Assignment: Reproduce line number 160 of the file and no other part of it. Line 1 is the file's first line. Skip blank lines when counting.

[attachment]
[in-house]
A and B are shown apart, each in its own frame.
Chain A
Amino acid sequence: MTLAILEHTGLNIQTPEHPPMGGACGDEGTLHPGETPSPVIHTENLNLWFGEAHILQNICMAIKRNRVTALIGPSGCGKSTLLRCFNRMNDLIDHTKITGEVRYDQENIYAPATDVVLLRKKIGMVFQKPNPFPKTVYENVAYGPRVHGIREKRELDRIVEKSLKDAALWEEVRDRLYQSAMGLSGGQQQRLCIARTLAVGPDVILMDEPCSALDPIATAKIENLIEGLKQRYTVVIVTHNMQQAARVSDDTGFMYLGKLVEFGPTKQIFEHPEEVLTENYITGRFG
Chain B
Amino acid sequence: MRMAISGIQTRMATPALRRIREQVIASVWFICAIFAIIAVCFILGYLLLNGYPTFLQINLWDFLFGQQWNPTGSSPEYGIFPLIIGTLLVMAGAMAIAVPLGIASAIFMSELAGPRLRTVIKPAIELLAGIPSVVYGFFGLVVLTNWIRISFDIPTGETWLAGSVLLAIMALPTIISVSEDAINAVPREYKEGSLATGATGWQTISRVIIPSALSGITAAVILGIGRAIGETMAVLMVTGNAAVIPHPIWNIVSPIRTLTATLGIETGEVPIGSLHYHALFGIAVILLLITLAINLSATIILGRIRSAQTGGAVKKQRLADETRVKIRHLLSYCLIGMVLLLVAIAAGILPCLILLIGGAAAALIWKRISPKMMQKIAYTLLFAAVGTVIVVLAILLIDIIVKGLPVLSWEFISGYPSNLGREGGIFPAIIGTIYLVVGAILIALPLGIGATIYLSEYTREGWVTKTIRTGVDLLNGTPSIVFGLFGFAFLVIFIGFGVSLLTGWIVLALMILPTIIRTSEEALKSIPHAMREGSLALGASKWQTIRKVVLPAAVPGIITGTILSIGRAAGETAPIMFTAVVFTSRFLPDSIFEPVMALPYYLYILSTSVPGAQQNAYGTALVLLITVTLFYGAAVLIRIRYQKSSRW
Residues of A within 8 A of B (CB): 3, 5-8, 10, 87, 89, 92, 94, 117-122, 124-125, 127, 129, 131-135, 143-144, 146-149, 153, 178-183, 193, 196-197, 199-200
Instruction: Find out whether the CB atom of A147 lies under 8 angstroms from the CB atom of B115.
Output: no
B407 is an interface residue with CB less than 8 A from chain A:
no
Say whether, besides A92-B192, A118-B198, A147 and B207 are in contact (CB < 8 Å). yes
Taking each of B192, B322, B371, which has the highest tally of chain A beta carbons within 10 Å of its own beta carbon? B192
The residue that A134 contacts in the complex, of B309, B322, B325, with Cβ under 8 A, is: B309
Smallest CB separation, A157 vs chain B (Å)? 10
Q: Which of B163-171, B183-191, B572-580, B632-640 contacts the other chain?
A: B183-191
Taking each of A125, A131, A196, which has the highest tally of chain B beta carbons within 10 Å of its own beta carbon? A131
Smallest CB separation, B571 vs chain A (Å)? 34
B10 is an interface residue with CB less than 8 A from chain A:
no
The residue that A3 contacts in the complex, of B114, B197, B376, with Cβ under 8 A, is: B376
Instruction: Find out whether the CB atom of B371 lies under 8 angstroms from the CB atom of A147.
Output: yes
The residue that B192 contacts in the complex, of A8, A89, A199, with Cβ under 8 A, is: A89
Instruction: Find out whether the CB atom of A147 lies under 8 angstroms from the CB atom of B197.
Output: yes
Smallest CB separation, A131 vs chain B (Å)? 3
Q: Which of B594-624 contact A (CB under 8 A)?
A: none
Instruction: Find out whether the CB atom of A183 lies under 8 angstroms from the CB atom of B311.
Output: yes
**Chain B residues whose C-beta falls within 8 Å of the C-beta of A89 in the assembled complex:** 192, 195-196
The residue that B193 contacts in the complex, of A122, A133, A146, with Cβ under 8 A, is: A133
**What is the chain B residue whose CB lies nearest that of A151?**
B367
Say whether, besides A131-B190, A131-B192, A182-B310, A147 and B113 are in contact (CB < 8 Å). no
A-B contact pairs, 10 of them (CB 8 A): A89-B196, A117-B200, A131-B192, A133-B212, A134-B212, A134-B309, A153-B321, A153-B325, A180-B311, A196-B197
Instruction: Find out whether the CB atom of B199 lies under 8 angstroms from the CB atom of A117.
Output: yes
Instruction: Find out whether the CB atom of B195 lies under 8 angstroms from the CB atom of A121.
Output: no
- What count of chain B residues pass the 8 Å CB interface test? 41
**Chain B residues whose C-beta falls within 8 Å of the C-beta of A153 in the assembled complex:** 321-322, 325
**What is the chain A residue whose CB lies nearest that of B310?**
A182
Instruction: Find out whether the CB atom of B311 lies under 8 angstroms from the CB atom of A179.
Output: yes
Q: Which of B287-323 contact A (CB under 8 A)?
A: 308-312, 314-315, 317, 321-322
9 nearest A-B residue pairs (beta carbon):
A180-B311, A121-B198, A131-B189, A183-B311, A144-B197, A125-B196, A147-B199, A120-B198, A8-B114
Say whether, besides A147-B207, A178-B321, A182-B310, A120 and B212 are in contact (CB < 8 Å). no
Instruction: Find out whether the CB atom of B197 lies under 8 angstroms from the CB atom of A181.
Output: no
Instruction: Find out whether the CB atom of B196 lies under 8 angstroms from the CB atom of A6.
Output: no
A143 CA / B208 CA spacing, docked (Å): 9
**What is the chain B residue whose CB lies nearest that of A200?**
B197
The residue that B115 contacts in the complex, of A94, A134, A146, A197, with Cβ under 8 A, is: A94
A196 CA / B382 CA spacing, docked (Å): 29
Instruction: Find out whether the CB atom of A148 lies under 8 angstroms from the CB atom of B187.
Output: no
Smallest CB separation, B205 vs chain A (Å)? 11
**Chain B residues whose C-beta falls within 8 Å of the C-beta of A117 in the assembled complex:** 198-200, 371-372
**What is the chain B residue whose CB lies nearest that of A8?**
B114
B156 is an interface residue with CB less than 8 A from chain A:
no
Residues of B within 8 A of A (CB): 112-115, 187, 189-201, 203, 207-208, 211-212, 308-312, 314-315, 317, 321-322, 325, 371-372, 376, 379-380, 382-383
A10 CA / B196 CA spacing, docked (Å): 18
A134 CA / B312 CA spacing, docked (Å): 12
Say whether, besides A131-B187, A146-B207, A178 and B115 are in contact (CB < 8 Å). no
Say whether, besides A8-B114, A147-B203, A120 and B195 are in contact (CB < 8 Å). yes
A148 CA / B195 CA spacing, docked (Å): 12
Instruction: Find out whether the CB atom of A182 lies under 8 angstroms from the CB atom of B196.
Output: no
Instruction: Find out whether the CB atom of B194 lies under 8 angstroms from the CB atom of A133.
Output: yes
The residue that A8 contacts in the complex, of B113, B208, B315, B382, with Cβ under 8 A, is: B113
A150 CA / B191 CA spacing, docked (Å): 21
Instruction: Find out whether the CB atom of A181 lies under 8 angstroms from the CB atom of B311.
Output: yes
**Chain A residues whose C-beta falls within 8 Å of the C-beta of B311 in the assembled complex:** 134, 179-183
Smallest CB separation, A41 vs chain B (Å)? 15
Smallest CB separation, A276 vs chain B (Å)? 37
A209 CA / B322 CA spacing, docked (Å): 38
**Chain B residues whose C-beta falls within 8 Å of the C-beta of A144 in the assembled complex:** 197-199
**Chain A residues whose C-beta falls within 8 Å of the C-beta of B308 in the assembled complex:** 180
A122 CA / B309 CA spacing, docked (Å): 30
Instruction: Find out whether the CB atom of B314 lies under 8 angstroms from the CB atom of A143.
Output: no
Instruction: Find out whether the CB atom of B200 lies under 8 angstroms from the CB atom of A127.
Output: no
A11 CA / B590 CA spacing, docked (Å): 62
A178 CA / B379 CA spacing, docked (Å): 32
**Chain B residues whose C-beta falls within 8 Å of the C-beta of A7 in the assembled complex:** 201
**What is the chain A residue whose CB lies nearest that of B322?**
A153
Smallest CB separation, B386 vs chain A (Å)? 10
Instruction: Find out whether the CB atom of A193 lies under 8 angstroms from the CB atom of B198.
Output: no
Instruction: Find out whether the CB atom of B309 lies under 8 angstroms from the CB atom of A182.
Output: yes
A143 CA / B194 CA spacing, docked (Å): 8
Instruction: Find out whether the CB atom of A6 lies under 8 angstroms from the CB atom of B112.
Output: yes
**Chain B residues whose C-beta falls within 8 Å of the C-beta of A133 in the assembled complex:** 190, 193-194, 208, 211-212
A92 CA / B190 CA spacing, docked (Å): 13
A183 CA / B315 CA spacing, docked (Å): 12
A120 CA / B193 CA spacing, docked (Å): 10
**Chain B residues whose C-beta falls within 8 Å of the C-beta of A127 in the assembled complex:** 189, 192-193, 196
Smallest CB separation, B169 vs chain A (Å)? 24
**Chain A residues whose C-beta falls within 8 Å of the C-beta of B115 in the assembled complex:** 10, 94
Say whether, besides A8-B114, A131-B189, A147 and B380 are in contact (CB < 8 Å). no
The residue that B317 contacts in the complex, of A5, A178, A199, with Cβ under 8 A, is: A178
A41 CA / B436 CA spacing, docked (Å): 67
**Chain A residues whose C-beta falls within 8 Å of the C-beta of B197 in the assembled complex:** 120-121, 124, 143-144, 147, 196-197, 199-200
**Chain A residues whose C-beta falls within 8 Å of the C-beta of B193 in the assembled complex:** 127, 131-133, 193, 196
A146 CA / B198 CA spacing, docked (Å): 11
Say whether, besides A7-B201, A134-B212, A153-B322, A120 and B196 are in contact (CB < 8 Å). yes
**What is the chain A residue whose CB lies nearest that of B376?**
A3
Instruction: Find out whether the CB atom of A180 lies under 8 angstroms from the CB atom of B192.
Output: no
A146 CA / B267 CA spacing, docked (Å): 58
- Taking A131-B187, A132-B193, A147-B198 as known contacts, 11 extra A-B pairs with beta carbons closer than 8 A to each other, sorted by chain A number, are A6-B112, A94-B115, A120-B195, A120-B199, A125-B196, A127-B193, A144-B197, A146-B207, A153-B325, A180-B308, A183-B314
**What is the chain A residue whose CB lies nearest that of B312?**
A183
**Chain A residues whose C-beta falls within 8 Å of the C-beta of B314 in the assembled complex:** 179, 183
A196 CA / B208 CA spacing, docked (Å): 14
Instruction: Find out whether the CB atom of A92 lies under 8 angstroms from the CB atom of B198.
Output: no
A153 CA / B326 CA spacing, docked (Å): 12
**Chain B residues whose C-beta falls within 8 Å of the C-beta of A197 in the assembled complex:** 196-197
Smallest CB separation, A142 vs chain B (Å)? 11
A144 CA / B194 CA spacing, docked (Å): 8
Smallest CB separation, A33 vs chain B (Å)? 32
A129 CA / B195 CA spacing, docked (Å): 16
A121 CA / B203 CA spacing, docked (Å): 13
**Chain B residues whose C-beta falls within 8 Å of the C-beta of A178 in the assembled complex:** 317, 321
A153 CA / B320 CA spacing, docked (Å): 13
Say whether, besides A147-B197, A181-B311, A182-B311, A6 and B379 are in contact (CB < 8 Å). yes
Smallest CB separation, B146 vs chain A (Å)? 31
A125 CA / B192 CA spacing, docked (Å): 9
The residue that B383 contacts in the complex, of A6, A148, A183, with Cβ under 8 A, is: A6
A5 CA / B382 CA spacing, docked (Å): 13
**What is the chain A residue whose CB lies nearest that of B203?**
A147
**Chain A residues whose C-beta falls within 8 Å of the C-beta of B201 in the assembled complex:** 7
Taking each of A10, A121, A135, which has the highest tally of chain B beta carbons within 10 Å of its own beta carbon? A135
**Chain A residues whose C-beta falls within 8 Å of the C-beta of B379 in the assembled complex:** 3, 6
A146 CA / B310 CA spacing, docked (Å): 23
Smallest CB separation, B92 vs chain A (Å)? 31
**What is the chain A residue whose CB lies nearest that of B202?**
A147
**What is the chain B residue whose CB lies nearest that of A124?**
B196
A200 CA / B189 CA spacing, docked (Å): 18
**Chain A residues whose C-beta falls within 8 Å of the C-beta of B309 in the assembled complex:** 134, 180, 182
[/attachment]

A200 CA / B189 CA spacing, docked (Å): 18